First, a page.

When asked about your favourite movie on the matter of economics, the answer for most of us would be The Big Short, directed by Adam McKay and adapted from a non-fiction book of the same name by Michael Lewis. This thrilling and exciting movie, however, is based on the most famous financial crisis of all time: the financial crisis of 2008.
Oftentimes, when economic downturns occur, they require a special name to characterise them — such as the Great Depression of 1929 or the OPEC Oil Price shock of 1973. But the 2008 crisis requires no such adjective about its size. This article seeks to break down this event into a digestible read so that you can understand one of the world’s greatest economic events.
The 2008 crisis was the greatest jolt to the financial system since the Great Depression and pushed all of our financial systems to the brink of collapse. In September 2008, one of the world’s largest financial institutions declared bankruptcy and that is when it began. But what caused this financial crash?
The biggest trigger to the financial crisis was the burst of the housing bubble in the United States. As explained in the last Economic Byte, a bubble is where the price of an asset increases above its fundamental value. Imagine a water bottle that, by market equilibrium, is truly priced at Rs 300, but for some reason is valued at Rs 300,000. That is an asset bubble. From the 90s up until the 2000s, the prices of houses in the USA increased by 130%, as can be seen in the graph above. The reasons for the pricing bubble were:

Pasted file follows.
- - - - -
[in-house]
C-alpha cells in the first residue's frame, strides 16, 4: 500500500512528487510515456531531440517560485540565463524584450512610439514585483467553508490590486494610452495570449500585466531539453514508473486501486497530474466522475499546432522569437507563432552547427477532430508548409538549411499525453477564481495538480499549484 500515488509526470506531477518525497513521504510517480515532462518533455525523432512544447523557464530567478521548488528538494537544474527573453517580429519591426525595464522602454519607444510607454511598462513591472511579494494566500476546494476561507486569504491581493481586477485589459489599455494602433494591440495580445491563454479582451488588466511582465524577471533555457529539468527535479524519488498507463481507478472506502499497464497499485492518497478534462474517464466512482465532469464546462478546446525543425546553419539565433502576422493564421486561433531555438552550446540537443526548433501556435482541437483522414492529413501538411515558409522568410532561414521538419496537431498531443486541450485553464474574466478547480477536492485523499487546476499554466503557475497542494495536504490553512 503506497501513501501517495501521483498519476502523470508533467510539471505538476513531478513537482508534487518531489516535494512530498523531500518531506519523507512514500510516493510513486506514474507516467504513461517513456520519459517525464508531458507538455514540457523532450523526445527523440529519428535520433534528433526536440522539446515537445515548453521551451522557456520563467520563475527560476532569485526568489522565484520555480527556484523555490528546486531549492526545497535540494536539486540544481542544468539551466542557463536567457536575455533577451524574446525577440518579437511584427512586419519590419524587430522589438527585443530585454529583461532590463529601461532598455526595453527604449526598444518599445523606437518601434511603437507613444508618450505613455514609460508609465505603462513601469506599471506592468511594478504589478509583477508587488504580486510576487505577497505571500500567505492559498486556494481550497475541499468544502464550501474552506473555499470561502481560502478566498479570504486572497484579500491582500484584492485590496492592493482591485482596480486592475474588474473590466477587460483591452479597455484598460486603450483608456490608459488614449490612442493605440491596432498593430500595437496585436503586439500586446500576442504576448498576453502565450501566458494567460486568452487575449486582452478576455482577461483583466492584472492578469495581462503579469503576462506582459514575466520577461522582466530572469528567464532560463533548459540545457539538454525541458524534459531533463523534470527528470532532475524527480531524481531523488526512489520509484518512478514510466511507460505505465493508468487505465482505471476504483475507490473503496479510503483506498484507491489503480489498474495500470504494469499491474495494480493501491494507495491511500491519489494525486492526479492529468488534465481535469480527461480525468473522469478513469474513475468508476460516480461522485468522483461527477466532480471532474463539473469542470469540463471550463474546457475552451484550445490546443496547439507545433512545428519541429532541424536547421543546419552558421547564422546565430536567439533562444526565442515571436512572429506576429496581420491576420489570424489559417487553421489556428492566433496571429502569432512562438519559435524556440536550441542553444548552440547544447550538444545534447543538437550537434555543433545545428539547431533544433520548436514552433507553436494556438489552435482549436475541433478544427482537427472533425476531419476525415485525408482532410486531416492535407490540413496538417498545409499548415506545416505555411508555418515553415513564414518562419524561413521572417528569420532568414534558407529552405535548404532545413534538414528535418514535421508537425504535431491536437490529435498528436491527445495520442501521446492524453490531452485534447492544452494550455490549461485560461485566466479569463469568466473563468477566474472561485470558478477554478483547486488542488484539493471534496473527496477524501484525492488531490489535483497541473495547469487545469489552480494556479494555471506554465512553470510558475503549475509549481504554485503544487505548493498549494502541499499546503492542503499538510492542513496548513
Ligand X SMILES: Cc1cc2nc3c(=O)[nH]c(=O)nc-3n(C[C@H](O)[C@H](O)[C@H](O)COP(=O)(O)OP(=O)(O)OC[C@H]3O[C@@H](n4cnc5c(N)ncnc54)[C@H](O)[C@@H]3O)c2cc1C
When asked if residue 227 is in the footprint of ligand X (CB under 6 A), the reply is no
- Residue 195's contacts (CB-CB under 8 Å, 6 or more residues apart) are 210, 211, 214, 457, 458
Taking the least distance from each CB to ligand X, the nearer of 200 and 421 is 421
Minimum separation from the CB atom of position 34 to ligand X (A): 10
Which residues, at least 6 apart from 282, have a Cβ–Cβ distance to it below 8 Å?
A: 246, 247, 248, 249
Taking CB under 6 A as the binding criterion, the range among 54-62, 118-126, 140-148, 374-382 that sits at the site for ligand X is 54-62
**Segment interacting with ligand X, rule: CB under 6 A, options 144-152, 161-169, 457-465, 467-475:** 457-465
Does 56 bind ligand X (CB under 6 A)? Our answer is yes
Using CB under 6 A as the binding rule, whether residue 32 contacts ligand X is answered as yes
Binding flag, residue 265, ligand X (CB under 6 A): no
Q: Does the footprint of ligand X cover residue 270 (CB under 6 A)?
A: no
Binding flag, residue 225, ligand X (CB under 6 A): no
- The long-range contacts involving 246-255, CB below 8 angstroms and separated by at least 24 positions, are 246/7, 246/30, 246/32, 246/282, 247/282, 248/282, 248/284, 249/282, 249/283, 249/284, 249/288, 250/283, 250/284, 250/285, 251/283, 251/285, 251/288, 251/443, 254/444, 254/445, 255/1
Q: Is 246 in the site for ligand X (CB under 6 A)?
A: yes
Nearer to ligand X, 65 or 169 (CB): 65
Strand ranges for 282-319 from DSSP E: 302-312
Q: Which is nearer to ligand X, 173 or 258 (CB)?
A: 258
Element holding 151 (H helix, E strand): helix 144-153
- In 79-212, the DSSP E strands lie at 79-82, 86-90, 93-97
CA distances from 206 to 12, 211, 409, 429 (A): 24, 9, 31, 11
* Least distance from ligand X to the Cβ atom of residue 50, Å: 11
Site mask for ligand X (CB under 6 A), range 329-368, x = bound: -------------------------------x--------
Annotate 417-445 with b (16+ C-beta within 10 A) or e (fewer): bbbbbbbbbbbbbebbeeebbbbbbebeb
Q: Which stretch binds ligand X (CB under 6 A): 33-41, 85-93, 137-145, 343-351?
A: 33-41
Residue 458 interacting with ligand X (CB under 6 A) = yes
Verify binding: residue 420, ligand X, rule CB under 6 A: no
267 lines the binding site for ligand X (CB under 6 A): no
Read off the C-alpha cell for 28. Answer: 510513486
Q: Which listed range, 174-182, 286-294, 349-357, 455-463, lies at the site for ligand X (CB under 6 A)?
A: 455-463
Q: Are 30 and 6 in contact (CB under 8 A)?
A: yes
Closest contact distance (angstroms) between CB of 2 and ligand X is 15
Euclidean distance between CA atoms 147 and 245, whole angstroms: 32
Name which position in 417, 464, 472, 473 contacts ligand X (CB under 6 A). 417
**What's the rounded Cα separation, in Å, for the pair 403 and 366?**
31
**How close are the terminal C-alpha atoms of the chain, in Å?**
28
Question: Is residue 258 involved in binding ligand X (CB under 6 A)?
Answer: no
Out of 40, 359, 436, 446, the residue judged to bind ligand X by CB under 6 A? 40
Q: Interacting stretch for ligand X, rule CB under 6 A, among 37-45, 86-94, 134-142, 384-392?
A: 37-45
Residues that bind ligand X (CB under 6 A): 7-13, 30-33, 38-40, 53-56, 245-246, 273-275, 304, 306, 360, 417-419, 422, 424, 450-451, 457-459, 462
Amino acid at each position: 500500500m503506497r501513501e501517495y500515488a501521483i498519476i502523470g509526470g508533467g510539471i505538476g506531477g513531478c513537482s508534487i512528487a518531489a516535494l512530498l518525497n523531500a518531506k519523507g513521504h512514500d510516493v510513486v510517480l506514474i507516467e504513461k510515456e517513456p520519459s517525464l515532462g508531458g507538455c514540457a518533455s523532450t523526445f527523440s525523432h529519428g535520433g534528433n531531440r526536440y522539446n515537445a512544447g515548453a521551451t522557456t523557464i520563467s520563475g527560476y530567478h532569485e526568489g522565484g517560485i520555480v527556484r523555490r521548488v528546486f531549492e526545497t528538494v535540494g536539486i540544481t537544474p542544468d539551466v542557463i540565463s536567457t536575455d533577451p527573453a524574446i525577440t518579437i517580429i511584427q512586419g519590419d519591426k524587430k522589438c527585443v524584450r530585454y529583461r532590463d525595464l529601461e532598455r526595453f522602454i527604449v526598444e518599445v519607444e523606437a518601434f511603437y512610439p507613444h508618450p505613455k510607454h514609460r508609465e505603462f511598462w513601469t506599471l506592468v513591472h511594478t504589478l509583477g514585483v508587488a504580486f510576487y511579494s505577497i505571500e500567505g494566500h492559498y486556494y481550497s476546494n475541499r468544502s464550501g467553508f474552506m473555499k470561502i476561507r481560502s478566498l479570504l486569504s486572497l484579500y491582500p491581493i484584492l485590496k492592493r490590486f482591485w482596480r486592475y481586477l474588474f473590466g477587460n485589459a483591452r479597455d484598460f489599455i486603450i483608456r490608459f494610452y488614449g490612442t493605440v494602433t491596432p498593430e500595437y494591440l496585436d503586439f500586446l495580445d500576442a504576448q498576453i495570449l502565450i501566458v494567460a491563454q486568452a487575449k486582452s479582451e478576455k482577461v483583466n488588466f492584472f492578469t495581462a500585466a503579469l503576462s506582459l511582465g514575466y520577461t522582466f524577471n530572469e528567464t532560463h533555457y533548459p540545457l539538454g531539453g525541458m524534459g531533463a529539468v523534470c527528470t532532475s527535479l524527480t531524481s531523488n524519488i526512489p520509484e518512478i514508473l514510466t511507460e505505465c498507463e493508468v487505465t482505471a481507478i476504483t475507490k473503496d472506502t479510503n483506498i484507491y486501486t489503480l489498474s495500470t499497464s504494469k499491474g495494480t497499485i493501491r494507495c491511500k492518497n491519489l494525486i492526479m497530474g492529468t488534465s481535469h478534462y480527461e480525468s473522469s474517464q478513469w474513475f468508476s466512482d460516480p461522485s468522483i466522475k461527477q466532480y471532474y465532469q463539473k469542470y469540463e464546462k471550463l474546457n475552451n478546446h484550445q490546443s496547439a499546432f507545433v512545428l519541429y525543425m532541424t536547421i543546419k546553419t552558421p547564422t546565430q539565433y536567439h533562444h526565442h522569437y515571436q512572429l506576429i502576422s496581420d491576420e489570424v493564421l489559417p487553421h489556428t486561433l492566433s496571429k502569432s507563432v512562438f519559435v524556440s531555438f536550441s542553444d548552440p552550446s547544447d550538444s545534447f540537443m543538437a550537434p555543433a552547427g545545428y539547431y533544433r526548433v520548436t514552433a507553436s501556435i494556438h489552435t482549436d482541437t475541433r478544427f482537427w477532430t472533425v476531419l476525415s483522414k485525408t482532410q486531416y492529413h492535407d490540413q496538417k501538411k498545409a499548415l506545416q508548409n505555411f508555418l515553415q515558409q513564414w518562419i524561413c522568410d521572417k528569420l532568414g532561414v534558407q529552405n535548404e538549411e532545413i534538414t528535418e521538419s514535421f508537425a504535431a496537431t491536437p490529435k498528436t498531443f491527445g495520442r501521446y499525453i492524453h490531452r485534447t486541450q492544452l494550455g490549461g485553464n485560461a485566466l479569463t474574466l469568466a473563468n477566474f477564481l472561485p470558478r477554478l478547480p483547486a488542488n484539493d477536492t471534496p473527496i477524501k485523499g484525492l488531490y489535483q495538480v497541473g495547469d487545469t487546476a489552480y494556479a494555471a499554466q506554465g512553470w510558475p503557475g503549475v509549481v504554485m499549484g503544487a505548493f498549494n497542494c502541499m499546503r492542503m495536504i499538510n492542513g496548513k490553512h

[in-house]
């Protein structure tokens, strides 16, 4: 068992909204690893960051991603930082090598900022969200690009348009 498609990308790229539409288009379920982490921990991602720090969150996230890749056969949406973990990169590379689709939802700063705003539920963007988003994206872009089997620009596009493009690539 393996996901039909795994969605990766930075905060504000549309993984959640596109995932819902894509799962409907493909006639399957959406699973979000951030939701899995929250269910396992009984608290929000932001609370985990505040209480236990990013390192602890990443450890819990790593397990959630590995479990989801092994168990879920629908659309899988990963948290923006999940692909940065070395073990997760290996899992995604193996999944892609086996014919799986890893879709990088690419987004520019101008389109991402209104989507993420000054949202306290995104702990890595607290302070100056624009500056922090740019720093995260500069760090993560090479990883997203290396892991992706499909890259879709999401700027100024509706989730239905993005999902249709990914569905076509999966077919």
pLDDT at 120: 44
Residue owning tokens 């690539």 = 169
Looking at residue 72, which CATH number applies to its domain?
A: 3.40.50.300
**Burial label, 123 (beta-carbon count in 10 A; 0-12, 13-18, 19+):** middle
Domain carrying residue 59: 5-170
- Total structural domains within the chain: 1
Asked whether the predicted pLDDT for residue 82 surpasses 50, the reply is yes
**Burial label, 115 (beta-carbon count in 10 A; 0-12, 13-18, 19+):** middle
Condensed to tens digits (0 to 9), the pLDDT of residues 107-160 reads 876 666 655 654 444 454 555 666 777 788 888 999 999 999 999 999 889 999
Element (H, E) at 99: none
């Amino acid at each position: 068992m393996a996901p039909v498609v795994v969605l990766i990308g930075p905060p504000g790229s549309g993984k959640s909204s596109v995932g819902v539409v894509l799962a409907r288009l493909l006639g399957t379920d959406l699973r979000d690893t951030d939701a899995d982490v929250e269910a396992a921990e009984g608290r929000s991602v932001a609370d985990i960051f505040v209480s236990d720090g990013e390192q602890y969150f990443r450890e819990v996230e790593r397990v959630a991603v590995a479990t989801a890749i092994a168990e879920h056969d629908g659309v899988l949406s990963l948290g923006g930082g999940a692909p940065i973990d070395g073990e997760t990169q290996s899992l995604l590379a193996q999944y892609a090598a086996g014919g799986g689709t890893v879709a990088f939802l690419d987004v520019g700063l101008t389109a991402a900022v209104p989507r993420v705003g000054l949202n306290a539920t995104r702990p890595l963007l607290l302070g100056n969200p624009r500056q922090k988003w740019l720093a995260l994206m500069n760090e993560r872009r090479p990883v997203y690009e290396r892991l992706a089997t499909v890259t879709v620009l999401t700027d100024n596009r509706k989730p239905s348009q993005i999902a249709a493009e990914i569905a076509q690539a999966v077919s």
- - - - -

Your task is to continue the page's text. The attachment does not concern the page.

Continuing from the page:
Eventually, the bubble formed resulted in a decline in mortgage standards and the qualifications that one would need to qualify for a loan. In fact, financial institutions began to lend money to sub-prime borrowers. This is an important term as this crisis is sometimes known as the sub-prime mortgage crisis. Subprime borrowers are essentially those with little to no credit. Banks believed that if these borrowers could not repay their loans, they would sell their houses and take their money back. However, by 2007, prices started to decline. The market became saturated and the government began to raise interest rates.
Hence, people began to default (not pay) their home mortgage loans and their homes were not worth anything. This resulted in a large-spread foreclosure, that is where banks would have to sell off homes to recover their loans. However, since house prices were low, banks made losses on their foreclosures.
The biggest issue arose as the crisis began to spread all over the world due to inadequate regulations and the sheer complexities of financial instruments such as mortgage-backed securities that allowed international investors to invest in the US financial housing market. Eventually, through regulation and other systemic recovery measures, markets were back into place. However, much has been learned from this crisis and the world is said to be better off after it.